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Design with and for Changing Things
Heather Wiltse - Umeå Institute of Design (Umeå University)
About author
Changing thingsEditions 2021

What is the future of our inter-personal interactions — at work, school or beyond? And what role does technology plays in shaping our connected interactions?

It is now the autumn season in the northern hemisphere, a time of transition between summer’s heat and intensity and winter’s chill and rest. Leaves that were green on trees a few weeks ago now start to blaze in reds and oranges and eventually crunch underfoot. Cravings shift from the fresh and juicy flavors of summer’s riotous abundance toward more earthy foods and all things pumpkin spice. Change is in the air and in our bodies, at once different and familiar as the seasonal cycle repeats once again. The only constant is change, as the saying goes, the rule rather than the exception. So why do changing things seem somewhat strange or even destabilizing?

The answer likely has a lot to do with how things have typically been conceptualized and approached in design. Although design tends, as a matter of basic character and disposition, to aim for change of some sort, designed objects have often been meant to not change after production. Indeed, the work of the design process has been aimed at finding the best possible design ‘solution’ in order to finalize it for mass production. Change after that point was not an option from the design side (at least until the next new product cycle), and from the side of use any really significant changes beyond provided configuration options would likely be described as hacking or unintended use. Now, however, change is ongoing even from the side of design. Rather than a finalized prototype there are minimum viable products and progressive optimization, continual software updates, and realtime customization, not to mention design with changing biological materials.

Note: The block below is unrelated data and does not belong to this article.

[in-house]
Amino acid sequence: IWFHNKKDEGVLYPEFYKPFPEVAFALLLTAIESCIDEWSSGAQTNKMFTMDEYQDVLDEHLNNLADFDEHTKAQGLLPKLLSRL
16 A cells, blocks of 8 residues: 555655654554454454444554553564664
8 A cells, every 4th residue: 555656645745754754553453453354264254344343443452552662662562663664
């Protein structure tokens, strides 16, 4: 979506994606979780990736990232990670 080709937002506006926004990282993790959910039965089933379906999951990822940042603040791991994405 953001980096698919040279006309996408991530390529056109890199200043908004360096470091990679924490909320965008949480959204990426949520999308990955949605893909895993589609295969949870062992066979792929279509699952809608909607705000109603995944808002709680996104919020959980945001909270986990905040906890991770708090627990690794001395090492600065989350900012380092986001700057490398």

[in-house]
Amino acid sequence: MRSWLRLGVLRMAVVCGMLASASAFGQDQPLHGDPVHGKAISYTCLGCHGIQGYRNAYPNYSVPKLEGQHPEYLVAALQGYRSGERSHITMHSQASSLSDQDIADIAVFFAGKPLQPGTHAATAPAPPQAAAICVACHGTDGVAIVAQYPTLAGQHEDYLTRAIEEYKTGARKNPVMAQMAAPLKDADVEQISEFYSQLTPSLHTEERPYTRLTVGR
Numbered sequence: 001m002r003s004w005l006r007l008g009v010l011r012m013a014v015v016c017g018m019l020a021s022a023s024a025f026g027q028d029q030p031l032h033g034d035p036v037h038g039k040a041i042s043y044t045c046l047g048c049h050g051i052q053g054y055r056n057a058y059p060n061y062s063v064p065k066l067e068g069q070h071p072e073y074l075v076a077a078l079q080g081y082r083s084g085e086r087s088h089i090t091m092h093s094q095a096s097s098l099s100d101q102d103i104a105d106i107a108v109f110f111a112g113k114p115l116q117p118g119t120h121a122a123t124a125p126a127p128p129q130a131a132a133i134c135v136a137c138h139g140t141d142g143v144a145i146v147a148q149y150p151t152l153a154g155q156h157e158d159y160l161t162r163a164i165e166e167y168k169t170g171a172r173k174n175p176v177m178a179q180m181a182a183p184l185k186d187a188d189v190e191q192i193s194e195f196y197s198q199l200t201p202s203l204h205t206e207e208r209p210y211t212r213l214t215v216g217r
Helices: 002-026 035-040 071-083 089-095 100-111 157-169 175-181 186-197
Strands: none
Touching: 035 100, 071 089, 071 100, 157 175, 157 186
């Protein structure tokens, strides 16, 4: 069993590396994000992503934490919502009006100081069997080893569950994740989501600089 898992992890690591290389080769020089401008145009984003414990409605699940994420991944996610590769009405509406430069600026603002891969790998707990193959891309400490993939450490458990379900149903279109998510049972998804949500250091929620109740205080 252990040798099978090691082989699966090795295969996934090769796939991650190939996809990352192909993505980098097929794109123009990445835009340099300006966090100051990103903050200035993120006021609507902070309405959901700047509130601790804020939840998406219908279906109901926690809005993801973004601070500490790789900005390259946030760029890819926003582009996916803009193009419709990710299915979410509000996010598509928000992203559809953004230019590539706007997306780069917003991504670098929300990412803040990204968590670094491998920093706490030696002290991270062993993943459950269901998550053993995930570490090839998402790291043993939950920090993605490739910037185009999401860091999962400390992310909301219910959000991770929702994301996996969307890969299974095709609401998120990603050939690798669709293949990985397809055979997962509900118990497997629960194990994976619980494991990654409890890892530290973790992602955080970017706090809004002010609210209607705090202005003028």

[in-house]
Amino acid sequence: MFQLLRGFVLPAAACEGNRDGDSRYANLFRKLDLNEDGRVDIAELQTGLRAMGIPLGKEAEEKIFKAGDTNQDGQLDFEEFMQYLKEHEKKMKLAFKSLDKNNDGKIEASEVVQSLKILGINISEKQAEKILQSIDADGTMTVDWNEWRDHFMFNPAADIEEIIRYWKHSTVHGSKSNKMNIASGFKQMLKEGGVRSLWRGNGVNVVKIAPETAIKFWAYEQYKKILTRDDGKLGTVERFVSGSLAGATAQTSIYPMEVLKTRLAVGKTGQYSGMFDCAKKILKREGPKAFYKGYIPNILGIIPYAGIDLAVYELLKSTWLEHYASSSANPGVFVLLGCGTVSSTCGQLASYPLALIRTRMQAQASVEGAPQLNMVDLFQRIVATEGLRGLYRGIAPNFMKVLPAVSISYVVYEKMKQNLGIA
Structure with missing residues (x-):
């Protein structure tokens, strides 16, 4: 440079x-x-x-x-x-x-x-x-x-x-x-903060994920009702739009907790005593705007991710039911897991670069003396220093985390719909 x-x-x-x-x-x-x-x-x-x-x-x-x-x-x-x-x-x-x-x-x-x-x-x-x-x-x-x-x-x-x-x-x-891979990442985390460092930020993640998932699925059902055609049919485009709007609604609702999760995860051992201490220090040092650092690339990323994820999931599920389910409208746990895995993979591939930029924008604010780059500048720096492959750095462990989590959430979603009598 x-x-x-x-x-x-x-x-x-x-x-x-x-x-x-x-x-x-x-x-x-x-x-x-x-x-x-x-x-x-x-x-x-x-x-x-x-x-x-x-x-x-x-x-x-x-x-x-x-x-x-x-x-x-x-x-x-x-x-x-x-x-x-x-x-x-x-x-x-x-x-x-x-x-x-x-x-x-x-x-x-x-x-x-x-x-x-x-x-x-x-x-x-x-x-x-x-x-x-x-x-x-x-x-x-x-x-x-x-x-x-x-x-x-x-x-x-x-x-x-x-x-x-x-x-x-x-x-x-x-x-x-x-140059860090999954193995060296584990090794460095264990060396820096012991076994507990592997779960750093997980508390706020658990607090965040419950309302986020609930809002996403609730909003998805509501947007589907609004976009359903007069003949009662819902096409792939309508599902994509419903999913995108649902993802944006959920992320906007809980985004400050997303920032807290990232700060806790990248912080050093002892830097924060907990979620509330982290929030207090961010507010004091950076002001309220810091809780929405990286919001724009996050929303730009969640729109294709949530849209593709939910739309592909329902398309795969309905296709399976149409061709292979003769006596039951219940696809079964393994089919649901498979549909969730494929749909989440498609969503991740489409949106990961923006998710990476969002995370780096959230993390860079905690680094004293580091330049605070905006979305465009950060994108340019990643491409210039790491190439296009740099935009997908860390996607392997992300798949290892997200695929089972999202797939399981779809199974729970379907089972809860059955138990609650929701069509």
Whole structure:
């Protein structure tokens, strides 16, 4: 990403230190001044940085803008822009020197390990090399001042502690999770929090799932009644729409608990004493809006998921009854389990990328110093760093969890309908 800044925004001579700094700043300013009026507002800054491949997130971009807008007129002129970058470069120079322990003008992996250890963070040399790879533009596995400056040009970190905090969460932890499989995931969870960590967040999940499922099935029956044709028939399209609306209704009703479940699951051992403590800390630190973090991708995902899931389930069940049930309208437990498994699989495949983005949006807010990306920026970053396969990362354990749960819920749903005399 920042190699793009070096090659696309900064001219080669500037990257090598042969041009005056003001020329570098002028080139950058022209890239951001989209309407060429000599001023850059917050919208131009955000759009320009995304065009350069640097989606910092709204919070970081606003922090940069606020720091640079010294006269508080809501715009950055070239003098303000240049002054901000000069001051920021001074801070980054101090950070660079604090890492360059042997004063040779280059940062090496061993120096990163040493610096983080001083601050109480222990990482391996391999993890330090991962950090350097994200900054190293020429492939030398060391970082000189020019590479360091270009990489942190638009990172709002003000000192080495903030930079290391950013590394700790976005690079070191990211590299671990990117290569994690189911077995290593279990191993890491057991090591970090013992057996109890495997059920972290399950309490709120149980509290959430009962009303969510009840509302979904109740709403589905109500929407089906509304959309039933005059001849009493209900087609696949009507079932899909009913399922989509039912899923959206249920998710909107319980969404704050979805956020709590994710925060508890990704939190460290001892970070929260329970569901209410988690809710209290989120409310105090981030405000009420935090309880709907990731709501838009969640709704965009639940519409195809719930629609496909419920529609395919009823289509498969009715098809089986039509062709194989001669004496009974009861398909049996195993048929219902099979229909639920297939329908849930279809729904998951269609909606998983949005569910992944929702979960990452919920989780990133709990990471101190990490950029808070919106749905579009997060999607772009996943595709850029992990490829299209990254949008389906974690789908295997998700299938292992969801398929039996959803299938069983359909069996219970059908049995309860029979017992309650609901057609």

“So why do changing things seem somewhat strange or even destabilizing?”
Heather Wiltse

The frontiers of design do not involve crafting beautiful objects that can be easily displayed on pedestals bearing a single star designer’s name, but rather seeding ongoing generativity and tuning formations of responsive artificial agencies within assemblages. Future design practices might involve assembling and disassembling, activating, tweaking, catalyzing, pruning, weaving, cultivating, and (dis)connecting. All of this involves caring for multiple and shifting relations among diverse humans and non-humans over time. Much as in relating to the seasons, it is not a matter of controlling (which is impossible), but rather participating and tuning to the energies and potentialities of the present situation.

However, even as it becomes possible to work with metaphors and sensibilities from the ‘natural world’ (with emphatic scare quotes), the things and assemblages that now texture everyday life and that are objects and contexts of design are at the same time thoroughly artificial. They are designed to serve certain ends and stakeholders and embedded with values and assumptions that reflect their contexts of development. The key issue of what is optimized for tends, in commercial spaces at least, to have a lot to do with driving increasing engagement in service of producing increasing amounts of behavioral data to fuel increasing surveillance revenues. The major technocratic power centers are inexorably oriented toward profit, while the prevailing drivers of profit are not aligned with democratic ideals or what might be called loosely ‘social good’. Changing things and assemblages have become constitutive of the environments in which we live and in and through which we act, yet one that is in many ways hostile toward the surrounding ecology and the wellbeing of its inhabitants.

What, then, is the role of design in this context? One key role is arguably to coax the best possibilities out of the current sociotechnical landscape, to create new assemblages and foster forms of artificial liveliness that can also support a diversity of ways of being alive (in the best sense). While not able to be fully responsible for the outcomes, designers can look for ways to become, and to help others become, more response-able—more capable of adequately responding to what calls for attention and care.

For it is also in this basic quality of the artificial that hope can be found. Designed things can always be otherwise. Changing things is always possible.

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